“All the support that has to come around that child is certainly as important as the technology of the hearing instrument,” he says. “Without it, really good technology might not be enough.”


Oticon Inc, Somerset, NJ, is one manufacturer that has fielded a pediatric amplification program built on multiple layers of support, a framework that appears to follow a blueprint strikingly similar to the one described by Powers.

All of Oticon’s products are deployed with marketing materials customized for the pediatric market, according to Sheena D. Oliver, AuD, MBA, manager of pediatrics at Oticon.

“We have introduced a workbook to assist parents in becoming active and informed members of their child’s support team as well as being a resource for teens that offers advice on structuring the school environment and creating opportunities for social interaction that build responsibility, self-advocacy, and self-esteem,” Oliver says.

“In addition to our award-winning OtiKids Web site, we’ve also unveiled a counseling CD designed to make parent counseling easier and more effective,” Oliver adds.

Powers points out that Phonak also has created a buffet of materials that support its pediatric hearing instruments

“Phonak leads the pediatric market in terms of unit sales, but they’ve been mindful to develop all the support items, too,” says Powers, a 25-year veteran employee of Phonak’s competitor, Siemens. “Whether it’s a printed piece or phone support, you have to train people who have the resources and can get answers very quickly to the pediatric audiologist to support the products.”


On today’s stage of pediatric hearing instruments, there is a wash of digital technology and component miniaturization that seems to signal the arrival of a high water mark in the devices’ state of function.

At Widex USA, Long Island City, NY, particular attention has been paid to designing signal processing features that address the special needs of the pediatric population. Jane Auriemmo, AuD, Widex’s Pediatric Partnership Program Manager, says integrated signal processing puts into service several of the features found in the company’s Inteo hearing aid.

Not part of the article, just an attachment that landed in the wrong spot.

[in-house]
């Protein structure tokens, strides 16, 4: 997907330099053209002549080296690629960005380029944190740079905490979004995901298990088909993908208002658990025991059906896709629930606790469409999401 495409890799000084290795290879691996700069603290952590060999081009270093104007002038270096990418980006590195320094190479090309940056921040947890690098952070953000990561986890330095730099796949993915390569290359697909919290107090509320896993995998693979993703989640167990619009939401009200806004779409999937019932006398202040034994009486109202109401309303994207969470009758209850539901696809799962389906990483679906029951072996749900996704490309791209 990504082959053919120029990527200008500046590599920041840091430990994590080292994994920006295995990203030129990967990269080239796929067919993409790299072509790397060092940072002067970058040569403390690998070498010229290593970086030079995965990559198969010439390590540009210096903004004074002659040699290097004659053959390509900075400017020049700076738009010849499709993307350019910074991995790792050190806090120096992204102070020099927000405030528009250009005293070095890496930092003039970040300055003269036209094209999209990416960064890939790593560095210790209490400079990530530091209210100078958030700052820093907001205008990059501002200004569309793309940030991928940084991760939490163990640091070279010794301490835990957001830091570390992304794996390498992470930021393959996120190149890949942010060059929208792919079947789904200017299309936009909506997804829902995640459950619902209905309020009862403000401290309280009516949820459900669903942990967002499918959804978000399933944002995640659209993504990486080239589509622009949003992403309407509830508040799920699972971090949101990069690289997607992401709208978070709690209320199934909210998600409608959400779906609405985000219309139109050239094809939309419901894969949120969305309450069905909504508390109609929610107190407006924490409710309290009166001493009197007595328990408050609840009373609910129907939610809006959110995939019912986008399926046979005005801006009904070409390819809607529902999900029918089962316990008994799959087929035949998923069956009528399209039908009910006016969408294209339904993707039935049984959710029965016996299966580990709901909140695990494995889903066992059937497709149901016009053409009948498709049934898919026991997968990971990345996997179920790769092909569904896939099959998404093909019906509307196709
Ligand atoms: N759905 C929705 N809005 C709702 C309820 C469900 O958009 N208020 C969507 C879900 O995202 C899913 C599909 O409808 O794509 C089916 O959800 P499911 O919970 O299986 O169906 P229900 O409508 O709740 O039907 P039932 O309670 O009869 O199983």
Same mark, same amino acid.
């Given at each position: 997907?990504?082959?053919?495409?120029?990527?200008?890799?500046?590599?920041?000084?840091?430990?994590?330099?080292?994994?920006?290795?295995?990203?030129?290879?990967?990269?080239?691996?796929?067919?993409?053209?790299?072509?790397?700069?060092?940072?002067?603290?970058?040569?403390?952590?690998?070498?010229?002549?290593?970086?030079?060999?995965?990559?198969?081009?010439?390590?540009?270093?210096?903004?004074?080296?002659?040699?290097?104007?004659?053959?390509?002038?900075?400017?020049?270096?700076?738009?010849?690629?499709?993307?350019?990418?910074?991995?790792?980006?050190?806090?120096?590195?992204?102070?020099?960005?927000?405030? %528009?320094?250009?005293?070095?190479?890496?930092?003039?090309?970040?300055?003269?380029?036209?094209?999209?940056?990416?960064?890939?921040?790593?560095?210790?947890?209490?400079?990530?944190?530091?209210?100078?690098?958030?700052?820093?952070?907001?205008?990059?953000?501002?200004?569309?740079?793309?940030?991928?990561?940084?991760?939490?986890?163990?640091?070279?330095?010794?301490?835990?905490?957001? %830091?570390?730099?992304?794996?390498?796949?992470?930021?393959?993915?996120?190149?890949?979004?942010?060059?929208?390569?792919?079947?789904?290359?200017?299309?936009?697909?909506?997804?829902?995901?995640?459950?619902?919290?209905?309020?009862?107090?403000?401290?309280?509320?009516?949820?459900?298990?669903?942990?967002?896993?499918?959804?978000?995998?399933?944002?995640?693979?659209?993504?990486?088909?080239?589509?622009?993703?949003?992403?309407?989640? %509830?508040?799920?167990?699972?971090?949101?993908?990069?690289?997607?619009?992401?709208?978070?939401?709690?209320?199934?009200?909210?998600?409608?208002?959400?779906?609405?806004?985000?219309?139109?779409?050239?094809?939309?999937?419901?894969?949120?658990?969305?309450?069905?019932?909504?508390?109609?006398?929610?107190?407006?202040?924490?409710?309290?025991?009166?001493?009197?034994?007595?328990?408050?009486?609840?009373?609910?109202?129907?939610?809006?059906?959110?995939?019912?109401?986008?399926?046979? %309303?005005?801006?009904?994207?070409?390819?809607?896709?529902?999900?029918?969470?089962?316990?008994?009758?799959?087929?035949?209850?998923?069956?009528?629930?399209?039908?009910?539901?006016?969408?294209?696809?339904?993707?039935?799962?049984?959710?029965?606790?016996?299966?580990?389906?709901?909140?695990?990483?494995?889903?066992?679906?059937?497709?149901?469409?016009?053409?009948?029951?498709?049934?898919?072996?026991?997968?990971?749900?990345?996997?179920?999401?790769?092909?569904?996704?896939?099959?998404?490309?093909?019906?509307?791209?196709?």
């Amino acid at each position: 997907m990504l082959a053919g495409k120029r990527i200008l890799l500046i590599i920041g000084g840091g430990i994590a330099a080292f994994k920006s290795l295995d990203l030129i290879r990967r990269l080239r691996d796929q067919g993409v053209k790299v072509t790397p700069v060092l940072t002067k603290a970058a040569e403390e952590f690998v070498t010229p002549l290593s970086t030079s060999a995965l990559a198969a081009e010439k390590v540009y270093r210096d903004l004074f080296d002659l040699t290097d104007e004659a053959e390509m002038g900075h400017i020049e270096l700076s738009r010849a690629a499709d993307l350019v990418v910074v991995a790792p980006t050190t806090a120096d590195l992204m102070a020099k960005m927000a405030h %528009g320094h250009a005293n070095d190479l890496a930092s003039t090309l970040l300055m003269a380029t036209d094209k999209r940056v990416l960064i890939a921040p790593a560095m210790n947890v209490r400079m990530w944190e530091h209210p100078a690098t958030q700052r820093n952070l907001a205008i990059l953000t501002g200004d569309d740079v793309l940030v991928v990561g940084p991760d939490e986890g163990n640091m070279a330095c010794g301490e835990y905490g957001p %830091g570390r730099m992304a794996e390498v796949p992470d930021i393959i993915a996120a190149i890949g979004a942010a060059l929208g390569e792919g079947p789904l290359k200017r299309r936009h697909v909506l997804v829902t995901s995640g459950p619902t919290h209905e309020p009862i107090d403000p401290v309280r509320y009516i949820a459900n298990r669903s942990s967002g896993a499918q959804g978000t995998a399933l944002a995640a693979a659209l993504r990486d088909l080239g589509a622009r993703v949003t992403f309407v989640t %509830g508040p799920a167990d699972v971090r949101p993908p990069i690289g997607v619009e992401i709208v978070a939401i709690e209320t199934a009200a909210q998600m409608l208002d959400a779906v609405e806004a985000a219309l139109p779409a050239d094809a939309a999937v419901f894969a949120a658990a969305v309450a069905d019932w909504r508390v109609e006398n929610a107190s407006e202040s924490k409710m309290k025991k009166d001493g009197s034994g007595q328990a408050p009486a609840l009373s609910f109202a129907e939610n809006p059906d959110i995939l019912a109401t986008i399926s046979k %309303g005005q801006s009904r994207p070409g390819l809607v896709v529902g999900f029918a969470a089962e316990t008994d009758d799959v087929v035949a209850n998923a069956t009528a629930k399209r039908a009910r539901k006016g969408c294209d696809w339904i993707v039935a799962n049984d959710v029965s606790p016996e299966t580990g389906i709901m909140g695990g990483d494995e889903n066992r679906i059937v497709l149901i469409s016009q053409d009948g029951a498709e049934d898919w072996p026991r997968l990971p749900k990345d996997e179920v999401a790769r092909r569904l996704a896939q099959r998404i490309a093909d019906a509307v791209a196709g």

The audibility extender is a linear frequency transposition feature designed to enable children with precipitous sensorineural hearing loss to have access to high-frequency speech information, which, Auriemmo says, have been reported by both clinicians and parents to improve high-frequency phoneme production when the extender is used for as little as 6 weeks.

Inteo also features a 15-channel directional system that allows the microphone polar pattern in a particular channel to automatically shift to omnidirectional whenever speech is dominant in that channel.

“Similarly,” Auriemmo says, “the speech enhancer feature incorporates the hearing loss of the child in determining the type and amount of gain changes in noisy environments.

“The goal,” Auriemmo emphasizes, “is to preserve speech cues in noisy environments.

Oticon Amigo

Powers explains that Siemens’ Ear-to-Ear technology has provided the latest boon to the company’s pediatric amplification set. “For children and young adults, if they move into an area that’s noisy, not only does the hearing aid sense it, but even if the noise is louder on one side, the hearing aids communicate and both of them go into the directional mode, instead of just one.